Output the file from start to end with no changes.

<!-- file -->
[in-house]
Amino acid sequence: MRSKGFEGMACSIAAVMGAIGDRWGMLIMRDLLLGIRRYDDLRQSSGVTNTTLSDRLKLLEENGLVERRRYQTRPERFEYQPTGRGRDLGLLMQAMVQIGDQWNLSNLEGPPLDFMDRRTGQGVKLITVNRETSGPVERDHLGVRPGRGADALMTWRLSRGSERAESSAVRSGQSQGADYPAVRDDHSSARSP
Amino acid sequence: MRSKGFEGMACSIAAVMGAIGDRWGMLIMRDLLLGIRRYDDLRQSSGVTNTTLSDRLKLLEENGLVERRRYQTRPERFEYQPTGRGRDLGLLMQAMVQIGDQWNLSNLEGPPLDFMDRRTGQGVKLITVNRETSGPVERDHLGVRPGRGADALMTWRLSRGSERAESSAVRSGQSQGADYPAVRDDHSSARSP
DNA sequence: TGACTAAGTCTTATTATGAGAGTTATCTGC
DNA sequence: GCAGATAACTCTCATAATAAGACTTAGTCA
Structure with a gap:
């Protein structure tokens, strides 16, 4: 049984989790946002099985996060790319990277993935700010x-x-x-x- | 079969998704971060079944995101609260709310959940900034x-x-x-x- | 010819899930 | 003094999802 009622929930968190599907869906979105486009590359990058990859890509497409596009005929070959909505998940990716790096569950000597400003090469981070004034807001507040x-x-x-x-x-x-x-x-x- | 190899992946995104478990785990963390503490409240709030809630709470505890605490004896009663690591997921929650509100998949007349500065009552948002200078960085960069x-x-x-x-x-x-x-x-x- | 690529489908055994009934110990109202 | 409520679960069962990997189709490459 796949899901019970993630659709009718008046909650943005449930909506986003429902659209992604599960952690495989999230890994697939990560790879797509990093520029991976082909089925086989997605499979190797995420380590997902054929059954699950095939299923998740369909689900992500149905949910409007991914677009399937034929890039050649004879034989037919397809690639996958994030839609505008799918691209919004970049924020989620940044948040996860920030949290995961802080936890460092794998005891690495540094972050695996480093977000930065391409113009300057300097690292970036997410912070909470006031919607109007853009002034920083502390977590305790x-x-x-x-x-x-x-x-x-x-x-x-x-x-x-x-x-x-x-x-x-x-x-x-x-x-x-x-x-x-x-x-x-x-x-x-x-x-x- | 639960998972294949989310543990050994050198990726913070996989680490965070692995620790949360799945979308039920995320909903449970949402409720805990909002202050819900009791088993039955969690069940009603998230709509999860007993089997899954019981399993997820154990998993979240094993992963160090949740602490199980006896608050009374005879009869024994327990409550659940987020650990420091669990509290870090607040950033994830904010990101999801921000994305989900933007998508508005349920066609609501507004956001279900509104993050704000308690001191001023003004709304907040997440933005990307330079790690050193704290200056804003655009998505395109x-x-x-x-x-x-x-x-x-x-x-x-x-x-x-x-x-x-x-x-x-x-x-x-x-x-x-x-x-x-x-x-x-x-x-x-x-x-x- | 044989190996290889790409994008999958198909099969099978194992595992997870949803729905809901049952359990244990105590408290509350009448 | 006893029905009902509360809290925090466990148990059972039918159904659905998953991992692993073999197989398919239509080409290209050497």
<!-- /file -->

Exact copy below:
[in-house]
Amino acid sequence: MRSKGFEGMACSIAAVMGAIGDRWGMLIMRDLLLGIRRYDDLRQSSGVTNTTLSDRLKLLEENGLVERRRYQTRPERFEYQPTGRGRDLGLLMQAMVQIGDQWNLSNLEGPPLDFMDRRTGQGVKLITVNRETSGPVERDHLGVRPGRGADALMTWRLSRGSERAESSAVRSGQSQGADYPAVRDDHSSARSP
Amino acid sequence: MRSKGFEGMACSIAAVMGAIGDRWGMLIMRDLLLGIRRYDDLRQSSGVTNTTLSDRLKLLEENGLVERRRYQTRPERFEYQPTGRGRDLGLLMQAMVQIGDQWNLSNLEGPPLDFMDRRTGQGVKLITVNRETSGPVERDHLGVRPGRGADALMTWRLSRGSERAESSAVRSGQSQGADYPAVRDDHSSARSP
DNA sequence: TGACTAAGTCTTATTATGAGAGTTATCTGC
DNA sequence: GCAGATAACTCTCATAATAAGACTTAGTCA
Structure with a gap:
């Protein structure tokens, strides 16, 4: 049984989790946002099985996060790319990277993935700010x-x-x-x- | 079969998704971060079944995101609260709310959940900034x-x-x-x- | 010819899930 | 003094999802 009622929930968190599907869906979105486009590359990058990859890509497409596009005929070959909505998940990716790096569950000597400003090469981070004034807001507040x-x-x-x-x-x-x-x-x- | 190899992946995104478990785990963390503490409240709030809630709470505890605490004896009663690591997921929650509100998949007349500065009552948002200078960085960069x-x-x-x-x-x-x-x-x- | 690529489908055994009934110990109202 | 409520679960069962990997189709490459 796949899901019970993630659709009718008046909650943005449930909506986003429902659209992604599960952690495989999230890994697939990560790879797509990093520029991976082909089925086989997605499979190797995420380590997902054929059954699950095939299923998740369909689900992500149905949910409007991914677009399937034929890039050649004879034989037919397809690639996958994030839609505008799918691209919004970049924020989620940044948040996860920030949290995961802080936890460092794998005891690495540094972050695996480093977000930065391409113009300057300097690292970036997410912070909470006031919607109007853009002034920083502390977590305790x-x-x-x-x-x-x-x-x-x-x-x-x-x-x-x-x-x-x-x-x-x-x-x-x-x-x-x-x-x-x-x-x-x-x-x-x-x-x- | 639960998972294949989310543990050994050198990726913070996989680490965070692995620790949360799945979308039920995320909903449970949402409720805990909002202050819900009791088993039955969690069940009603998230709509999860007993089997899954019981399993997820154990998993979240094993992963160090949740602490199980006896608050009374005879009869024994327990409550659940987020650990420091669990509290870090607040950033994830904010990101999801921000994305989900933007998508508005349920066609609501507004956001279900509104993050704000308690001191001023003004709304907040997440933005990307330079790690050193704290200056804003655009998505395109x-x-x-x-x-x-x-x-x-x-x-x-x-x-x-x-x-x-x-x-x-x-x-x-x-x-x-x-x-x-x-x-x-x-x-x-x-x-x- | 044989190996290889790409994008999958198909099969099978194992595992997870949803729905809901049952359990244990105590408290509350009448 | 006893029905009902509360809290925090466990148990059972039918159904659905998953991992692993073999197989398919239509080409290209050497």